He should have died if we’re being honest about things. Most full-bred dogs that are born severely disabled are often put down as some misguided act of mercy. That’s the polite way they describe it, “put down.” As if you picked something up in a store, didn’t like the price tag on the bottom and just put it back down on the shelf and walk away. But Keller lived, only to be abandoned on the street, like a chewing gum wrapper, one cold spring day. I suppose the owner assumed nature or a four-wheel drive truck would do what they didn’t want to do; end things for this unfortunate ball of white fur. He, and perhaps God, had other plans.
Somehow he didn’t get hit by a car, wandering around blind, and found his way to the shelter with the rest of the strays. I was volunteering one afternoon at the shelter and saw him in a crate with his messed up eyes and sad tale to tell. He emerged from his cage, smelled the room and came directly over to me. He probably smelled my dog’s scent on me when he put his head on my foot. For a little dog, I felt the weight of a cruel world resting hard on my sneaker. “Choose me, and you won’t regret it,” he said. Keller never was a liar.
My wife and I already had two puppies at home and a senior dog who was very sick so it was insane to adopt a blind and deaf puppy. Insane. A week or two after the surgery to close up his missing eyes we brought him home, the stitches still fresh. I called him Keller earlier in this story, but the truth was he didn’t have a name when we adopted him. We called him that as a nod to another brave survivor who saw and changed the world without the use of eyes and ears, Hellen Keller.
This month the world will learn about Keller’s story and see his perfect face when a children’s book I wrote comes out in hardback from Paraclete Press. They published my first book about the death of a dog, “God Needed A Puppy,” and when they read Keller’s story decided they wanted that one too.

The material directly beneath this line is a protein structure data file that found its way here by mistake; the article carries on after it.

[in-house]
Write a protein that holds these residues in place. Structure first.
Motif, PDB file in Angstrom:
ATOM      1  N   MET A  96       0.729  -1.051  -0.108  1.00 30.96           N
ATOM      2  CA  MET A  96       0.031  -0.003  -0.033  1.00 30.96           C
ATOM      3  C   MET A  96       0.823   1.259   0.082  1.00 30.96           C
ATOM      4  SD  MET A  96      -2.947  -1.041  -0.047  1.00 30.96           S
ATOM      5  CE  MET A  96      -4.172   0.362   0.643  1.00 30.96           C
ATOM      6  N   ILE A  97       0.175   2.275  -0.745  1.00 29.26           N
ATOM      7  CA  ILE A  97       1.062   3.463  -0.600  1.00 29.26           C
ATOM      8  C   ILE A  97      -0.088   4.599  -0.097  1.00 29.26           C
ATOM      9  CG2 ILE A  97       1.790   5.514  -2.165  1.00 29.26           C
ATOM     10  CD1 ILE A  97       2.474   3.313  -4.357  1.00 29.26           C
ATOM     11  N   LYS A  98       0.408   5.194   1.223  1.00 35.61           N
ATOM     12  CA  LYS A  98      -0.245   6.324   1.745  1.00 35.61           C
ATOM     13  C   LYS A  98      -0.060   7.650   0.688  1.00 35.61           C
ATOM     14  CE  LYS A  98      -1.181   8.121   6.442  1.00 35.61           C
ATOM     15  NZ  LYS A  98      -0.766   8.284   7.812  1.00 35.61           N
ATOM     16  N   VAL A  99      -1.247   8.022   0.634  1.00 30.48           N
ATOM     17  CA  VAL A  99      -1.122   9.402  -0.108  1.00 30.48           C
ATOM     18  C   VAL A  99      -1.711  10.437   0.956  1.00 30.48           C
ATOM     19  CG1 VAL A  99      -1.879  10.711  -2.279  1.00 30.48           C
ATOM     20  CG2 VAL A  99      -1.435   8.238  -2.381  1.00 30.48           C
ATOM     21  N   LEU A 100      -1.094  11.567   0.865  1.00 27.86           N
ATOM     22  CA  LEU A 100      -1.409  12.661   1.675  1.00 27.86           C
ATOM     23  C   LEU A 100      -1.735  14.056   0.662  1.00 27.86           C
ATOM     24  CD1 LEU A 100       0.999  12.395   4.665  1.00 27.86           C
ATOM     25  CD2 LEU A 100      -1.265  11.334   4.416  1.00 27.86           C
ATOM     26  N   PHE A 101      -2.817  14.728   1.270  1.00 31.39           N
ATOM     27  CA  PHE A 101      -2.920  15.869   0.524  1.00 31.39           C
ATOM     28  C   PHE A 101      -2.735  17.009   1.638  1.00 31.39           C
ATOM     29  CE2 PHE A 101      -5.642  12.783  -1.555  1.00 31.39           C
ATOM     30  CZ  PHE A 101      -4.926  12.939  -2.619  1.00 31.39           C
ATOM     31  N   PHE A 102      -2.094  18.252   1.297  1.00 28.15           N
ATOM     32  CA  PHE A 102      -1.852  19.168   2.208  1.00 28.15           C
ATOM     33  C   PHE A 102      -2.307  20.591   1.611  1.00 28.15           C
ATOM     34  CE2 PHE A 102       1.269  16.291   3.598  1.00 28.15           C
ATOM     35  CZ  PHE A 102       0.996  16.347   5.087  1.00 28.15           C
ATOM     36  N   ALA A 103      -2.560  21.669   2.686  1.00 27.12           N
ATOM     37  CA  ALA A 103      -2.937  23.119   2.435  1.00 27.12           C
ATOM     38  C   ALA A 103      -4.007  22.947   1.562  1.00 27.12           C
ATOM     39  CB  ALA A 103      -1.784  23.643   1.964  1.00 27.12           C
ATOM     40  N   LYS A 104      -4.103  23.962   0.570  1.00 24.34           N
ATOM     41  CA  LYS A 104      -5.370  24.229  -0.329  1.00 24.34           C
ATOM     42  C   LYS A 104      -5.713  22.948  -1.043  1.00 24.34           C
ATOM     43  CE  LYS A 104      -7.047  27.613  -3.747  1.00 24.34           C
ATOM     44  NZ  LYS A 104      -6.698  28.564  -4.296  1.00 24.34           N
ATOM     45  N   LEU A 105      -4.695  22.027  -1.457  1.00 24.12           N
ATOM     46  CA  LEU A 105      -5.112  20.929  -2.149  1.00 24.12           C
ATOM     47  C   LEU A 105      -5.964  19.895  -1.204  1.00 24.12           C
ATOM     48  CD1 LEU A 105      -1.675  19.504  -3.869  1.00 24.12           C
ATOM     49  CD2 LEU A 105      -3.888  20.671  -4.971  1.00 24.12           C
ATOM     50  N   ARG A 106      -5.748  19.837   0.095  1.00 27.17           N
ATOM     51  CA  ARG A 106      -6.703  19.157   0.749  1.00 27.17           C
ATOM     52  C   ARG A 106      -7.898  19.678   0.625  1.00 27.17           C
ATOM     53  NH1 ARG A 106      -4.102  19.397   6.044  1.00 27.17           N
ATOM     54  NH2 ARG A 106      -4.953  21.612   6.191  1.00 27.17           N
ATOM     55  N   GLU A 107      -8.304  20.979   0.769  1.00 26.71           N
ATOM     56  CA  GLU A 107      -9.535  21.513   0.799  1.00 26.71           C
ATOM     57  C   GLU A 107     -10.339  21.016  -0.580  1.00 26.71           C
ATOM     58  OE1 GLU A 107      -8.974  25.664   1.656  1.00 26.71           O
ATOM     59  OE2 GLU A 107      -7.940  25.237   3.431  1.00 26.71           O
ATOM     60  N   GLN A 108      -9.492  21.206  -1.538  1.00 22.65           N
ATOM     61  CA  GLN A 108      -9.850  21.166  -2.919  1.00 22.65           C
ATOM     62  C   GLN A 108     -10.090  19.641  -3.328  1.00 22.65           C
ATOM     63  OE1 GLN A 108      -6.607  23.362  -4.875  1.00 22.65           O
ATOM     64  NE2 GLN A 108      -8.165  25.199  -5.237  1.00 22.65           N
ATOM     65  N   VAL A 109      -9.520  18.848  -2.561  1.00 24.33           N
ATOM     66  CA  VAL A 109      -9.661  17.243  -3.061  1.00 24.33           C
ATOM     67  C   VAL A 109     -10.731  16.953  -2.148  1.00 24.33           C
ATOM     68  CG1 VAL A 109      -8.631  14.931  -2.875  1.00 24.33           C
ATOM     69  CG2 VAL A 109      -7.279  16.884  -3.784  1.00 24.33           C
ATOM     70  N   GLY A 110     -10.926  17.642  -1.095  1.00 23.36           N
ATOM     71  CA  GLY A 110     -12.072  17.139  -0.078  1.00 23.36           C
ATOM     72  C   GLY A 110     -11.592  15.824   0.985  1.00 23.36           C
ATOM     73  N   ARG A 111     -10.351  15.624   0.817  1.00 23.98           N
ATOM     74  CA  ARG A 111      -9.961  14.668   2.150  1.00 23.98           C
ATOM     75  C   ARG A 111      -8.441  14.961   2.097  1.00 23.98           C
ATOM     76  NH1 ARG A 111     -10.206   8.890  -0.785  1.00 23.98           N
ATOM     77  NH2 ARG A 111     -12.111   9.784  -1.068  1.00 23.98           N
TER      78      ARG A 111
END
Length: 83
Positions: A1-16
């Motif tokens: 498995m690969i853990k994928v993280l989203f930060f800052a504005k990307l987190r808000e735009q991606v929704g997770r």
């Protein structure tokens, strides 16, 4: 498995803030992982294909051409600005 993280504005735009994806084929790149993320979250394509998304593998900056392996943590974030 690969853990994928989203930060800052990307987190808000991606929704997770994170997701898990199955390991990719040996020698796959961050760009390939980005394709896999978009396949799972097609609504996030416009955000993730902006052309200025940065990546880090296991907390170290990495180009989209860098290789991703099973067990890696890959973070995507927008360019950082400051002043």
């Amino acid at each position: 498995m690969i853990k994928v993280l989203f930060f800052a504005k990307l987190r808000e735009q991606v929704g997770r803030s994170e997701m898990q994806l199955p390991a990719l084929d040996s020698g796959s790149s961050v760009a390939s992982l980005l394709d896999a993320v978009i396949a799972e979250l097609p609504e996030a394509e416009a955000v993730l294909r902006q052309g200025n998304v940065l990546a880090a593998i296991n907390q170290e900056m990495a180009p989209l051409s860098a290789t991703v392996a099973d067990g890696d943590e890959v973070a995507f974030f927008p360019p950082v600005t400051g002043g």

The book isn’t about me or my wife and pups. It tells the story of a little girl named Raven who is deaf and struggling to fit in at school. The other kids are nice enough to her but treat her a little bit different, a little too carefully as if she’ll break. It’s not what she wants.
Raven and her classmates take a trip to the local animal shelter, and Raven is immediately drawn to a puppy that was thrown away by his owner because he’s blind and deaf. She sees him and, although he can’t see her, when they open his crate to a room full of children he smells the air and walks directly over to Raven and rests his head on her foot. Sound familiar?
I won’t tell you the rest of the story or the lesson Raven and Keller teach the world just in case you want to buy the book for a child in your life. I can tell you Keller possesses a secret which Raven later reveals and it is the reason for the book’s title, Keller’s Heart.
My purpose for mentioning the new book isn’t to bolster sales but to share a truth. I was terrified to bring Keller home. How would he fit in with the other dogs? What if he got sick? Could we handle this? We live in a world that seeks perfection and puts filters on everything to make them look better. But real life doesn’t come with a filter. Often things are less than perfect, and there’s true beauty in that.
Keller is the best thing that ever happened to our family. He teaches patience and resilience and that nothing is so broken it should be thrown away. He has also taught me not to treat anyone with different abilities, be they two legs or four, as if they are made of glass or in need of sympathy or saving. It is condescension the person or pet with the presumed disability can do without. If you watched my Keller roughhouse with my two big German Shepherds, you’d truly understand.
Someone recently asked me who Raven was based on? I told them she represents any child struggling to fit in because they are a little different. With so many of our children on the autism spectrum, it can be tough at school. My hope is this simple story, and Keller’s real-life example will inspire those children to hold their heads up.
You know that’s the funny thing about Keller. Because he must rely on his nose to find things he raises that perfect face high in the air, so he doesn’t miss a thing. So, the dog someone threw away now holds his head higher than the stars; a posture befitting a prince.